Bullets silence whistle-blowers in Russia. Two years ago, a human rights lawyer, Stanislav Markelov, 34, and a Novaya Gazeta reporter, Anastasia Baburova, 25, were shot half a mile away from the Kremlin. Last summer, I attended the funeral of one of Russia's most prominent human rights defenders, Natasha Estemirova, 50; her kidnappers threw her body on the side of a road. A few months later, a popular opposition leader in Ingushetia, Maksharip Aushev, 43, was killed. His car was found riddled with 60 bullet holes on a road outside Nalchik.
These people were united by their uncompromising reporting on human rights violations in their own country. They understood exactly what lies at the bottom of the country's growing social problems.
This summer, one more murder was added to the list. In June, Maksud Sadikov, the tall, large-hearted rector at Dagestan's Institute of Theology, was shot in his car in Makhachkala, leaving his wife, four children, and hundreds of students in deep mourning. Sadikov was a reformer and a peacemaker. Faced with the increasing problem of how to stop thousands of Russian Muslims from traveling to Syria, Egypt, Jordan, Turkey, and other centers providing free -- but more hard-line -- Islamic education, his solution was to improve Islamic education at home in Russia. He imported the best teachers from elsewhere, when necessary, and hired talented Russians back from overseas universities to participate in his program, training moderate imams for Dagestan's Islamic learning centers.
Respected by Moscow, Dagestani authorities and police, and Sufi and Salafi Muslim communities alike, Sadikov was an essential figure for negotiating peace between the religious sects that are de facto at war in Dagestan, where Muslims have been drawn into fighting the anti-Kremlin terrorism campaign that has long engulfed its neighboring republics of Chechnya and Ingushetia. When I visited Makhachkala in July, the republic's president, Magomedsalam Magomedov, called Sadikov "irreplaceable" in the peacemaking process.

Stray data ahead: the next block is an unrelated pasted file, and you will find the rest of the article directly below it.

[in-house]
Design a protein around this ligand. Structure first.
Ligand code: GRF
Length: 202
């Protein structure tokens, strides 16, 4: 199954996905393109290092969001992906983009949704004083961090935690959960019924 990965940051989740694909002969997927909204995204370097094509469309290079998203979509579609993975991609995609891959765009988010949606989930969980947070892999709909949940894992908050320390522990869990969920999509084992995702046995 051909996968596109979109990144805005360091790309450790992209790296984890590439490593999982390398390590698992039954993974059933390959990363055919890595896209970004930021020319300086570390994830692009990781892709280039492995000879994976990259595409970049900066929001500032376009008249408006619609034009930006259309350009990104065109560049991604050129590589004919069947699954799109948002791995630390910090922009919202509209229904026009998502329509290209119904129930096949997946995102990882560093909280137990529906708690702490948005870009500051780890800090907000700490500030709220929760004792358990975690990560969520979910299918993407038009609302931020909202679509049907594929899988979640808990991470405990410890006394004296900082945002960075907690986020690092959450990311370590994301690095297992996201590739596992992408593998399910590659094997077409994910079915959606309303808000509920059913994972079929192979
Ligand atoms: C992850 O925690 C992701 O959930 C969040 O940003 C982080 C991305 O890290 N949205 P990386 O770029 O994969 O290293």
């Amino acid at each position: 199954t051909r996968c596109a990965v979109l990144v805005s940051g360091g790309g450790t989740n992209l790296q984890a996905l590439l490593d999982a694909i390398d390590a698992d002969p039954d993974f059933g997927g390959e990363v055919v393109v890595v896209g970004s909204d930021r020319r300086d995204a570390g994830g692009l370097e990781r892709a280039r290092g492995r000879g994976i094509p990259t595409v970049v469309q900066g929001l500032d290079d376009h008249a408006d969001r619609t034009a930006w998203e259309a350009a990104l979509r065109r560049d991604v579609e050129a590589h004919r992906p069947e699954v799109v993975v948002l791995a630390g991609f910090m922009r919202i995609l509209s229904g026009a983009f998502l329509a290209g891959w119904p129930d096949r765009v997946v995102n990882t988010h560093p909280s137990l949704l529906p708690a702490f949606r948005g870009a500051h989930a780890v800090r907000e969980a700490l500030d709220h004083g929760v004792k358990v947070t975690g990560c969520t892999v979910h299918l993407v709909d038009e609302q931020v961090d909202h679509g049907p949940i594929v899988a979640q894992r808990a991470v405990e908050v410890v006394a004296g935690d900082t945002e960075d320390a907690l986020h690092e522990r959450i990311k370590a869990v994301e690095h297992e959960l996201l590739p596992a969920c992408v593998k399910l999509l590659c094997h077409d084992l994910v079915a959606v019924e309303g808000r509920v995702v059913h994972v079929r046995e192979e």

The new university management feels deeply traumatized by Sadikov's murder; without their old rector, they say, the reforms will end. Who wants to risk their life for it? This calculation is becoming all too common. When I recently visited with journalism students at Moscow State University -- where a portrait gallery honors graduates killed in recent years, including Novaya Gazeta correspondent Anna Politkovskaya and TV anchor Vladislav Listyev -- only a handful of students would admit to wanting to be an investigative reporter. Nineteen Russian journalists have been killed in the country since 2001, with none of their murders solved.
so the weekly terrorist attacks and assassinations of officials in the North Caucasus
have become routine news that the majority of Russians prefer not to think about.
But Sadikov was the 13th religious or civil society leader assassinated in the
Caucasus since the beginning of
2010. Recent polls by the Levada Center show that only 9 percent of Russians
are concerned about increasing terrorism in the country, while 81 percent worry
most about rising food prices.
Sadikov foresaw the engulfing disaster in the Caucasus; unfortunately, his warnings did not bring much action.
Last year, I went to Dagestan to report a story for Newsweek about Islamic education reform in Russia. I met Sadikov by his university, right by the central mosque in Makhachkala. At the time, he was frustrated after returning from a Kremlin-funded conference with regional bureaucrats. He told me that the "dead-end five-year-plan" discussion did not result in any concrete progress for the republic: "While we are busy making speeches, our youth leave for the forest to join the hidden guerrilla war."